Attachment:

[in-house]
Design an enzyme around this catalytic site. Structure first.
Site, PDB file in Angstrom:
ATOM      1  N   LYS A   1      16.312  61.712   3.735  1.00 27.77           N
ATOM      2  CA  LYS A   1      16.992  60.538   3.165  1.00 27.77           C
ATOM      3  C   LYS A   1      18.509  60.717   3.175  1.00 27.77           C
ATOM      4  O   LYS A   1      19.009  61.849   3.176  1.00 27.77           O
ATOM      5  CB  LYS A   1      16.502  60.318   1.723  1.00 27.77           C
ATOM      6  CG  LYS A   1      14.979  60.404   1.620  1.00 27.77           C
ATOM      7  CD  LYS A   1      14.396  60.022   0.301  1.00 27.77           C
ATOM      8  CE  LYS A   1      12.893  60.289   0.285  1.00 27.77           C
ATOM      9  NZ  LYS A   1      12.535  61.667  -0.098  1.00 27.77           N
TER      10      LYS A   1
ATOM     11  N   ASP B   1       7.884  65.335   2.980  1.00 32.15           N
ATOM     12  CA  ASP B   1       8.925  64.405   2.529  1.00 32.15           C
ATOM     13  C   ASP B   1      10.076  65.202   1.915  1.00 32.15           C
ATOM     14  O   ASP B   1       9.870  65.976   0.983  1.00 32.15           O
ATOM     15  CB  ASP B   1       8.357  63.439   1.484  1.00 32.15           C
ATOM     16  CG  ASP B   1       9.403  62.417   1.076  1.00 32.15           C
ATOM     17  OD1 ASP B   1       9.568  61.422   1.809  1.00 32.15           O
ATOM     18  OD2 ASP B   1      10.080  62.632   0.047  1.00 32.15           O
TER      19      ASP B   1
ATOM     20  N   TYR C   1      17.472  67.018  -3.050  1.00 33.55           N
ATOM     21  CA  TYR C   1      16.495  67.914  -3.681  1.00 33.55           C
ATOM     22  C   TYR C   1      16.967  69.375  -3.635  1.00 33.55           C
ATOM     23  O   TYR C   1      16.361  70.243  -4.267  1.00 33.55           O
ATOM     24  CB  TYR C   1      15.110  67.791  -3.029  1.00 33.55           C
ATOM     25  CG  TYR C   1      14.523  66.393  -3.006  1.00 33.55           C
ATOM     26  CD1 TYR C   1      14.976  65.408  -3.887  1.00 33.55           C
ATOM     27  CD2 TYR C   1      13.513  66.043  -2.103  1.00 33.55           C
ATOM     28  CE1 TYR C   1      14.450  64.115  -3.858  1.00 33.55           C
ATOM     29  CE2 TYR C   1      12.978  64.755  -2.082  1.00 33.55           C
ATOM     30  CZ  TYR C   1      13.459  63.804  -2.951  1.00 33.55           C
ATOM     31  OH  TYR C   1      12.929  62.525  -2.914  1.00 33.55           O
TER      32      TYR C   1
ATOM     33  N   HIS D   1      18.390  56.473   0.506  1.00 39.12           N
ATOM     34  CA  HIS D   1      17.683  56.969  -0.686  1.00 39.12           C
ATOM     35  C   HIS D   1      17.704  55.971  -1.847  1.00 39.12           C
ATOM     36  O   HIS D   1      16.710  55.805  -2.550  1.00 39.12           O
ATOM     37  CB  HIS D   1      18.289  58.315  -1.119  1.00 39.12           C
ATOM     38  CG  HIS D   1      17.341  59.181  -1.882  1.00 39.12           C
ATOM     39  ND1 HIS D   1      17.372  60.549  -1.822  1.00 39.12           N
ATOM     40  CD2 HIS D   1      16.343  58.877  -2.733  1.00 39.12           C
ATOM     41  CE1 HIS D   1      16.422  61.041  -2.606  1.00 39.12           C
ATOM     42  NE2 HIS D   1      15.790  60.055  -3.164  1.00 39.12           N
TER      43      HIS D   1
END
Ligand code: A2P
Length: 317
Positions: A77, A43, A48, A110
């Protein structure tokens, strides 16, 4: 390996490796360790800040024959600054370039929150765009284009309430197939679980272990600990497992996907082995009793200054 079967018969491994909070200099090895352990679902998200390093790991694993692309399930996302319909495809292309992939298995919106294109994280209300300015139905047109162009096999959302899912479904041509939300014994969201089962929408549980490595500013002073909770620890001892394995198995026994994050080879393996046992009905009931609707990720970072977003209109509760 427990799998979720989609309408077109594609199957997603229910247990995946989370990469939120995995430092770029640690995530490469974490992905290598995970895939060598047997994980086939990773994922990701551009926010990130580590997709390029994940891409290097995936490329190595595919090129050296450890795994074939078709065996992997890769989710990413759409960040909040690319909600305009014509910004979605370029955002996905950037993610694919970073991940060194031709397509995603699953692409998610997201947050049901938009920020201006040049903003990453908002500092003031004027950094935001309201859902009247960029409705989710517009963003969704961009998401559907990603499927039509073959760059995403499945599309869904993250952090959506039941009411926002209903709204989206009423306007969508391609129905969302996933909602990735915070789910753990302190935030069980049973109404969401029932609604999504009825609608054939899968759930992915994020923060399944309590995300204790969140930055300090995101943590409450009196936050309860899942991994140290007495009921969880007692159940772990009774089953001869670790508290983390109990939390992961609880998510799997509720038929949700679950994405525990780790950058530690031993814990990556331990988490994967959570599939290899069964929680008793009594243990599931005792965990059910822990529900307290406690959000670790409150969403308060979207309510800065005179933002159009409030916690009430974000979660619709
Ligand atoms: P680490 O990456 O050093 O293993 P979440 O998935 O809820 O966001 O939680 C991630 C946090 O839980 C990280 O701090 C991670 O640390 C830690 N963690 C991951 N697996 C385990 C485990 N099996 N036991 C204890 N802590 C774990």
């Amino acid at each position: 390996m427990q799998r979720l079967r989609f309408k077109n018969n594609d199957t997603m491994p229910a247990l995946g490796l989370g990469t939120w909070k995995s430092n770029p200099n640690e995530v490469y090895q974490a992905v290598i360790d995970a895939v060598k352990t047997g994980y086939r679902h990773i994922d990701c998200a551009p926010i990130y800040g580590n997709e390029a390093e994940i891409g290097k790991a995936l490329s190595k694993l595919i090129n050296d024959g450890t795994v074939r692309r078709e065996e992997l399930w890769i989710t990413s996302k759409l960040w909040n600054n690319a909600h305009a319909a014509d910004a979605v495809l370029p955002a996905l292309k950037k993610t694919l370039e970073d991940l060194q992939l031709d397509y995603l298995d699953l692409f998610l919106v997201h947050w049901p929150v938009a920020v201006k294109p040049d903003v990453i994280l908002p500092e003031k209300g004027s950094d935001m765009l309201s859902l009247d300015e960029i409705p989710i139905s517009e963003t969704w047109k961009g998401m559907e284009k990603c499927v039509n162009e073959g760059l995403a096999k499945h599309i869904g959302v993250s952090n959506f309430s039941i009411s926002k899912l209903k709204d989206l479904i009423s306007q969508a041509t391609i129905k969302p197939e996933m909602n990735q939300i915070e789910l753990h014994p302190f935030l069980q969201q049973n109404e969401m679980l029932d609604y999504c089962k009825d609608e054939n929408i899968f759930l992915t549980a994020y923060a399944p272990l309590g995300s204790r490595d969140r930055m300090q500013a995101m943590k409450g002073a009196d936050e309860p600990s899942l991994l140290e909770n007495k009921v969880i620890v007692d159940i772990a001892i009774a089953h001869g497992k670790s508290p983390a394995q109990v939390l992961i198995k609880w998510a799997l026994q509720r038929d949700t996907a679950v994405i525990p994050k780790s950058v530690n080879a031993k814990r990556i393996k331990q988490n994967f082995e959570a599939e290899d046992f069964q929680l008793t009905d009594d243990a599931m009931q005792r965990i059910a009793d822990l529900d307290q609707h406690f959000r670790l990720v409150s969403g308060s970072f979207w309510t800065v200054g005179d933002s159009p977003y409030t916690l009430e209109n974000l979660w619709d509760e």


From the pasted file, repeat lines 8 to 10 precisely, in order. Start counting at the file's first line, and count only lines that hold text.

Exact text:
ATOM      5  CB  LYS A   1      16.502  60.318   1.723  1.00 27.77           C
ATOM      6  CG  LYS A   1      14.979  60.404   1.620  1.00 27.77           C
ATOM      7  CD  LYS A   1      14.396  60.022   0.301  1.00 27.77           C